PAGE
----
“Within the last one year, Niboro acquired two Ford Pilot trucks – both costing more N10.9 million each – and a Range Rover 2010 model worth N23.5 million. These were acquired nine months after the agency paid for the purchase of a Pajero,” the petitioners said.
Niboro admitted buying the Ford Pilot trucks with flash lights but argued that he acquired them for special duties including navigating difficult terrains for stories.
“I put one in Abuja and the other in Lagos,” he said. “I do not use them myself. I do not drive in convoy as the petitioners claim.”
Niboro is also accused of awarding contracts in shady circumstances, preferring to pay contractors huge sums in cash, rather than through bank processes. “Sometimes he pays contractors in full from start,” his colleagues said.
Niboro insists these claims are false. “They are lying,” he said, pointing at a table in an internal document suggesting the contractor upgrading the building had an outstanding balance with the agency.
He explained that the allegations that he paid huge sums in cash to contractors was false too. He claimed that he cashed out the sums in Naira, channeled it through a Bureau de Change who changed it into U.S. dollars before paying same into the agency’s domiciliary account from where the contractor was paid.
“No contractor was paid in cash,” he said. “It is a standard practice. Even in my private business, I’ve done it.”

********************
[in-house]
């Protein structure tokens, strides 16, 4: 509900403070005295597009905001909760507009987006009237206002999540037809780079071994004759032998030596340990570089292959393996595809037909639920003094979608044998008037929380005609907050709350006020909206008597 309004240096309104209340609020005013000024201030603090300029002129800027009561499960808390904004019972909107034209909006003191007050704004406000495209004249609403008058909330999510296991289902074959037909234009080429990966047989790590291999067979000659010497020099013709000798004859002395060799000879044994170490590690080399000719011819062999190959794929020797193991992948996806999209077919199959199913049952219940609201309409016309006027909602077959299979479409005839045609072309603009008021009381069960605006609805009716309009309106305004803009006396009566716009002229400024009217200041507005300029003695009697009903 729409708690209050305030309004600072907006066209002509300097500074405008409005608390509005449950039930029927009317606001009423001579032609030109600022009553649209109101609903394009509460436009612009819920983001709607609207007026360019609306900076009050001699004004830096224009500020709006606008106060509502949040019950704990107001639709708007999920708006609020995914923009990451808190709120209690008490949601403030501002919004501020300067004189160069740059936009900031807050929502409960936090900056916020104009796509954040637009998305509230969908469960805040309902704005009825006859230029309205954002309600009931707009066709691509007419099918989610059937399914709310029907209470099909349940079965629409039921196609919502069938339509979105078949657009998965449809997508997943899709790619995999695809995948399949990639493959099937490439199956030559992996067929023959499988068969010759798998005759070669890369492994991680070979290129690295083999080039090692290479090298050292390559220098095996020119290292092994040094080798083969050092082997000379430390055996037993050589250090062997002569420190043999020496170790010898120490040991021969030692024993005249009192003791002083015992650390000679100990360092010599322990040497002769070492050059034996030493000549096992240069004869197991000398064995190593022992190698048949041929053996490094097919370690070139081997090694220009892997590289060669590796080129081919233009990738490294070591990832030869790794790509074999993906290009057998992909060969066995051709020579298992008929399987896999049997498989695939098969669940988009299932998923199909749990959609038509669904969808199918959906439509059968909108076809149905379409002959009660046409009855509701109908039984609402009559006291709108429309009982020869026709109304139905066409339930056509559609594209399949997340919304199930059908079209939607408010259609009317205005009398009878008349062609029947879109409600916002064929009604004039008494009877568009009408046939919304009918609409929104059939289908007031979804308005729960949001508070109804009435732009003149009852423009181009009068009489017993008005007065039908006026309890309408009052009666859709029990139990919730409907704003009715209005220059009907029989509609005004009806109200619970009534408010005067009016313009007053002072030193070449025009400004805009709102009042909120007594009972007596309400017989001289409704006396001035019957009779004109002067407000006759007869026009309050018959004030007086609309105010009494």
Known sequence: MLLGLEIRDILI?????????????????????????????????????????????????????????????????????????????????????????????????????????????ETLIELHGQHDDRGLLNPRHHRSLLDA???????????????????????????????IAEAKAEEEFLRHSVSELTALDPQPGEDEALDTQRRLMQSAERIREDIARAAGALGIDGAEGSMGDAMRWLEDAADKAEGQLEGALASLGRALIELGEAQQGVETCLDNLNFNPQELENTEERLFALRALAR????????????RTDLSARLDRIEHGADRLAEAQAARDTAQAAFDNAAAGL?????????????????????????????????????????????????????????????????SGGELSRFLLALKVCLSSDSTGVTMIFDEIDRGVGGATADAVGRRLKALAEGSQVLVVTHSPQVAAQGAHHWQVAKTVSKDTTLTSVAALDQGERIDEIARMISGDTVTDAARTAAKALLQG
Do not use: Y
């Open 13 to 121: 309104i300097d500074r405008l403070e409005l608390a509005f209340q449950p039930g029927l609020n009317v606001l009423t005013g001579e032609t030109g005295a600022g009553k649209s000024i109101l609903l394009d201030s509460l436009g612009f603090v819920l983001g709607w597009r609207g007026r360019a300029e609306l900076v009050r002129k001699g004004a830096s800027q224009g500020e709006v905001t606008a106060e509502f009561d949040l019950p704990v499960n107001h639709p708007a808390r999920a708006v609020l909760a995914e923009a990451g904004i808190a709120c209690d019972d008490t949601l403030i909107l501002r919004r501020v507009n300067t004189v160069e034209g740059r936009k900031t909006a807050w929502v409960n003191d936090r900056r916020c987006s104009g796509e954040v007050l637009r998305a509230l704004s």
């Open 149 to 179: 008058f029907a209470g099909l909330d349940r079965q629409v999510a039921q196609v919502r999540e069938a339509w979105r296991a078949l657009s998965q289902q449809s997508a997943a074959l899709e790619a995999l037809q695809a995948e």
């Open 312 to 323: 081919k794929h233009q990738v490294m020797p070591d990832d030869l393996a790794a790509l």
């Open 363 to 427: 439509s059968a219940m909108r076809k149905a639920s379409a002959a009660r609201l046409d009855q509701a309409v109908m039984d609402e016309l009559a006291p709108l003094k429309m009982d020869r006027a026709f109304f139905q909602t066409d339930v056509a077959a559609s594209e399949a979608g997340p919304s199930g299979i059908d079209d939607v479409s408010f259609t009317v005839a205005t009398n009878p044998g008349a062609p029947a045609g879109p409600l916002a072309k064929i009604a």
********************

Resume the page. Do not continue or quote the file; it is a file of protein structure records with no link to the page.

The petitioners also accused the NAN MD of witch-hunting his staff and arbitrarily redeploying or transferring those he felt could challenge his actions out of the Abuja headquarters of the agency.
“On January 12 this year, he transferred from the editorial department the executive director and Editor-in-Chief, Isaac Ighure, to marketing department,” the protesting staffs wrote in their petition.
This followed the outbound transfers of two other senior managing editors and directors – Joe Bankole and Lawal Ado – in the editorial department.
“These transfers had not only hindered editorial productivity but seriously dampened the morales of reporters and editors who are disillusioned by career growth uncertainty,” the aggrieved staffs complained. “It is a case of ‘when gold rust, what happens to iron?’”
Niboro argued that he made these transfers because of longstanding squabble between Messr. Bankole and Ado which had slowed the agency for years.
Niboro, a journalist, was the president’s spokesperson when he was vice president till shortly after President Jonathan succeeded late Umaru Musa Yar’Adua in 2010. He was appointed head of the news agency in February 2014. The investigative panel is expected to verify all the claims and issue precise verdict.
But while the Board investigation continues, the ministry has ordered Niboro to, on Wednesday, appear before another high-powered panel made up of Patricia Akwashiki, minister of information, Folashade Yemi-Esan, the ministry’s permanent secretary, and Ibrahim Buba, chairman of NAN board, over the same matter.Follow Us on Social Media